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Clin Trials. 2018 Aug;15(4):398-412. doi: 10.1177/1740774518771233. Epub 2018 Jun 4.

Incidence and impact of withdrawal of life-sustaining therapies in clinical trials of severe traumatic brain injury: A systematic review.

Author information

1
1 Population Health and Optimal Health Practices Research Unit, Trauma-Emergency-Critical Care Medicine, Centre de recherche du CHU de Québec-Université Laval, Québec, QC, Canada.
2
2 Division of Critical Care Medicine, Department of Anesthesiology and Critical Care Medicine, Faculty of Medicine, Université Laval, Québec, QC, Canada.
3
3 Department of Social and Preventive Medicine, Faculty of Medicine, Université Laval, Québec, QC, Canada.
4
4 Department of Medicine, Faculty of Medicine, Université Laval, Québec, QC, Canada.
5
5 Department of Internal Medicine, Sections of Critical Care Medicine, Haematology and Medical Oncology, Faculty of Medicine, University of Manitoba, Winnipeg, MB, Canada.
6
6 Department of Family and Emergency Medicine, Faculty of Medicine, Université Laval, Québec, QC, Canada.
7
7 Department of Medicine, Faculty of Medicine, University of Sherbrooke, Sherbrooke, QC, Canada.
8
8 Centre de recherche du CHU de Sherbrooke, Sherbrooke, QC, Canada.

Abstract

Background Most deaths following severe traumatic brain injury follow decisions to withdraw life-sustaining therapies. However, the incidence of the withdrawal of life-sustaining therapies and its potential impact on research data interpretation have been poorly characterized. The aim of this systematic review was to assess the reporting and the impact of withdrawal of life-sustaining therapies in randomized clinical trials of patients with severe traumatic brain injury. Methods We searched Medline, Embase, Cochrane Central, BIOSIS, and CINAHL databases and references of included trials. All randomized controlled trials published between January 2002 and August 2015 in the six highest impact journals in general medicine, critical care medicine, and neurocritical care (total of 18 journals) were considered for eligibility. Randomized controlled trials were included if they enrolled adult patients with severe traumatic brain injury (Glasgow Coma Scale ≤ 8) and reported data on mortality. Our primary objective was to assess the proportion of trials reporting the withdrawal of life-sustaining therapies in a publication. Our secondary objectives were to describe the overall mortality rate, the proportion of deaths following the withdrawal of life-sustaining therapies, and to assess the impact of the withdrawal of life-sustaining therapies on trial results. Results From 5987 citations retrieved, we included 41 randomized trials (n = 16,364, ranging from 11 to 10,008 patients). Overall mortality was 23% (range = 3%-57%). Withdrawal of life-sustaining therapies was reported in 20% of trials (8/41, 932 patients in trials) and the crude number of deaths due to the withdrawal of life-sustaining therapies was reported in 17% of trials (7/41, 884 patients in trials). In these trials, 63% of deaths were associated with the withdrawal of life-sustaining therapies (105/168). An analysis carried out by imputing a 4% differential rate in instances of withdrawal of life-sustaining therapies between study groups yielded different results and conclusions in one third of the trials. Conclusion Data on the withdrawal of life-sustaining therapies are incompletely reported in randomized controlled trials of patients with severe traumatic brain injury. Given the high proportion of deaths due to the withdrawal of life-sustaining therapies in severe traumatic brain injury patients, and the potential of this medical decision to influence the results of clinical trials, instances of withdrawal of life-sustaining therapies should be systematically reported in clinical trials in this group of patients.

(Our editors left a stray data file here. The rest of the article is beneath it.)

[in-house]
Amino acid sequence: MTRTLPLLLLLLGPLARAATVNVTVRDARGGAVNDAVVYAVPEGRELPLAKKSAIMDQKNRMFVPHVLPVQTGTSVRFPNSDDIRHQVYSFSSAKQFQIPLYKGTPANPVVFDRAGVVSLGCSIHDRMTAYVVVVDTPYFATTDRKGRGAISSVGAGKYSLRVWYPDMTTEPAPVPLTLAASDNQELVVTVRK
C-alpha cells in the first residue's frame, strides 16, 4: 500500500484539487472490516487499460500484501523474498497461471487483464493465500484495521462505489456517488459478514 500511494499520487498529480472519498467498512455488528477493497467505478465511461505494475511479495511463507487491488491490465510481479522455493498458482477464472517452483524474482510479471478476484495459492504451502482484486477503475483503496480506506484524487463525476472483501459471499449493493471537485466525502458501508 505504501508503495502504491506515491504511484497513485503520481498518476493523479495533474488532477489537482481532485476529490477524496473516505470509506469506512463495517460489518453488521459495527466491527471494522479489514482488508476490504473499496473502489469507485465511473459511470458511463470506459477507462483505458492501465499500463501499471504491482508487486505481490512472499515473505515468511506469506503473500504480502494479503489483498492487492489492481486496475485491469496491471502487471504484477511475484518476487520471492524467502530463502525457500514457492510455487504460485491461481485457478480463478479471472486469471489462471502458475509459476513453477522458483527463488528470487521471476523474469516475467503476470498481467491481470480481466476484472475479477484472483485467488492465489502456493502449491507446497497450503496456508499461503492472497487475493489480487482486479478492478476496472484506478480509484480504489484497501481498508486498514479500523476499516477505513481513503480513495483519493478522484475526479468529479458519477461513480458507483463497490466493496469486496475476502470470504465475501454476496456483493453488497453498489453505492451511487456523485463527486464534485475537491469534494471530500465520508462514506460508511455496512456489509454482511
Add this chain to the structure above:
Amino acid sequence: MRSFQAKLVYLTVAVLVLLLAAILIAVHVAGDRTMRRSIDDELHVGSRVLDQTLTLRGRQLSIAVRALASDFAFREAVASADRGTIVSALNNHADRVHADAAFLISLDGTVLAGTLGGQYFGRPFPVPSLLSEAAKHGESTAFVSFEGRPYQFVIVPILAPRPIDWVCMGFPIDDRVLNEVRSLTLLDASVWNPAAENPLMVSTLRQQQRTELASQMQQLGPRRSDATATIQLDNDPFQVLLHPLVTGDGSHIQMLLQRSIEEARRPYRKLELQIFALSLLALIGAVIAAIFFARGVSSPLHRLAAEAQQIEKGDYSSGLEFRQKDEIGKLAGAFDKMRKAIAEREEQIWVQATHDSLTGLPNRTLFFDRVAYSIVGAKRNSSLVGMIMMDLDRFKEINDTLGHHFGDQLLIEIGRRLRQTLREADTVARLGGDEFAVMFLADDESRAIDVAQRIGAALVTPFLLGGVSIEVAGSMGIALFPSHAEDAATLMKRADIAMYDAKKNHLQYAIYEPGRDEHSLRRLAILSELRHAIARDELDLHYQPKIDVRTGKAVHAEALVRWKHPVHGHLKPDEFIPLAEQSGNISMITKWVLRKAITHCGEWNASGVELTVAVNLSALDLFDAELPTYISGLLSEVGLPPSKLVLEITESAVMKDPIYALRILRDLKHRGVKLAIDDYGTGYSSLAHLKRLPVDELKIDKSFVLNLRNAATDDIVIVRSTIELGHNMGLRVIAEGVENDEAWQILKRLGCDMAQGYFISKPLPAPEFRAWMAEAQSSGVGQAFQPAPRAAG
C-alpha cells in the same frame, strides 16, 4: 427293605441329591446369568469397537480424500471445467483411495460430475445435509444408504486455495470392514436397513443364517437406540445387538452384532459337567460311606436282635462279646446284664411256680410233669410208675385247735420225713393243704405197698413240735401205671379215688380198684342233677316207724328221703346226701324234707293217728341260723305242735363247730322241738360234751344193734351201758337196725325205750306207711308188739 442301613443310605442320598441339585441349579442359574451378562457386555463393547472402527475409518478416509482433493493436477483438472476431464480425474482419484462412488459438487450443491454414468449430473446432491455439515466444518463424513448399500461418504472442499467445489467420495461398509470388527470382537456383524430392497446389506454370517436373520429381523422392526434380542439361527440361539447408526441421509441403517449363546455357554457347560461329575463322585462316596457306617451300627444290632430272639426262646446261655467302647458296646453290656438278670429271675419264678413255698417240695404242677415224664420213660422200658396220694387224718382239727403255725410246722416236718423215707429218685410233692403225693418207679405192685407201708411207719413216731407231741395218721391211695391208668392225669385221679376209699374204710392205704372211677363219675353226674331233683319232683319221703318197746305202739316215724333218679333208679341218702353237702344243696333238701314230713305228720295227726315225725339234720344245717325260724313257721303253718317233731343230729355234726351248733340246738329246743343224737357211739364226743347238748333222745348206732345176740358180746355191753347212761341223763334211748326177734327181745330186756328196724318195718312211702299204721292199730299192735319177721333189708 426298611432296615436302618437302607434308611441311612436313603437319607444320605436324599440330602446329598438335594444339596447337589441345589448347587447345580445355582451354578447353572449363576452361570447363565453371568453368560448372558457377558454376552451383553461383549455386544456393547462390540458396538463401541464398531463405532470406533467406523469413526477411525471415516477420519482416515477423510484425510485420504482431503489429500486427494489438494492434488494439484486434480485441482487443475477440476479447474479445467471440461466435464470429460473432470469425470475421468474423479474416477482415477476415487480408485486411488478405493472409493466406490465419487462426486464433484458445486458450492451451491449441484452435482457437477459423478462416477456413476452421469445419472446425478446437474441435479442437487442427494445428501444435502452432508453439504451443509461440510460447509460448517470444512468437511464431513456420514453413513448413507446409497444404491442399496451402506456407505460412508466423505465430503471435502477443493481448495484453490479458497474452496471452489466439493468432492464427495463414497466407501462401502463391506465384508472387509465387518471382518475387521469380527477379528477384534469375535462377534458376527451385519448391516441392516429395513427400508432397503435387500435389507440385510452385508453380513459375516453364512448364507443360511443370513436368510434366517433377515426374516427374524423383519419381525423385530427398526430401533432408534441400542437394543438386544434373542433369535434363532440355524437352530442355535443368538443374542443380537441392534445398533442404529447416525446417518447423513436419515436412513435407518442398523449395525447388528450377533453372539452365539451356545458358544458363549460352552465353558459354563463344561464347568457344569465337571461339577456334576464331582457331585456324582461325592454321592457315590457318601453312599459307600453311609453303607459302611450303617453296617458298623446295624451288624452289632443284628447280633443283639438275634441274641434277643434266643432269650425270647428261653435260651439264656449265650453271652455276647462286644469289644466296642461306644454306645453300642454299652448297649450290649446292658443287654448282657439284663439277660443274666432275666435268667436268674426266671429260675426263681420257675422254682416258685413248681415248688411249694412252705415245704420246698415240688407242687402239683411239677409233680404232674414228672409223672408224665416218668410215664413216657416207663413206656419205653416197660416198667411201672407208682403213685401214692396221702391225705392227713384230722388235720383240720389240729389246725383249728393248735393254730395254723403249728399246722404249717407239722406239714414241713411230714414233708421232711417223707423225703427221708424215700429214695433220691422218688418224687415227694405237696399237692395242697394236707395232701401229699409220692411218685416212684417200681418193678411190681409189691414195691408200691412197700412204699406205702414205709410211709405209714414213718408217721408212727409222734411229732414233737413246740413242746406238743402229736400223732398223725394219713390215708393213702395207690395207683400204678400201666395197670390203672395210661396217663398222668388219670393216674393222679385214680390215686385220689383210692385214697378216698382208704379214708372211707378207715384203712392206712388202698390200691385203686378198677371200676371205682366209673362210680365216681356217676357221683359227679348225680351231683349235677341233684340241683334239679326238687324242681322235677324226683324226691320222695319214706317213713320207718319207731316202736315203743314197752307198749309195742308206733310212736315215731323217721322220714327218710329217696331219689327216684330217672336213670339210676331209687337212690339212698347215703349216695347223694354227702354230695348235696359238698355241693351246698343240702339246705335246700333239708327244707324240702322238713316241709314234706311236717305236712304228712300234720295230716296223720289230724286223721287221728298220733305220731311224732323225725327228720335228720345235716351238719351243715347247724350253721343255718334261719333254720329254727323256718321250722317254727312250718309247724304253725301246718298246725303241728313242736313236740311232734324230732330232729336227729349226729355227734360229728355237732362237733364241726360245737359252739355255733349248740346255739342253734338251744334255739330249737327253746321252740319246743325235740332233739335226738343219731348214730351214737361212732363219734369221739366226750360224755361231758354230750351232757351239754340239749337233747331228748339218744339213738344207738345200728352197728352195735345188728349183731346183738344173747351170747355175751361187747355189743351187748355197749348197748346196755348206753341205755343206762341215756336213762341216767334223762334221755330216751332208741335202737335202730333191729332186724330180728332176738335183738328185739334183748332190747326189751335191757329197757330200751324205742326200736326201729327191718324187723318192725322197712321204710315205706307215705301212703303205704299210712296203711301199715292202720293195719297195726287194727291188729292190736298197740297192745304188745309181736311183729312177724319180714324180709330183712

KEYWORDS:

Brain injury; clinical trial; end-of-life; life-sustaining therapy

PMID:
29865897
DOI:
10.1177/1740774518771233

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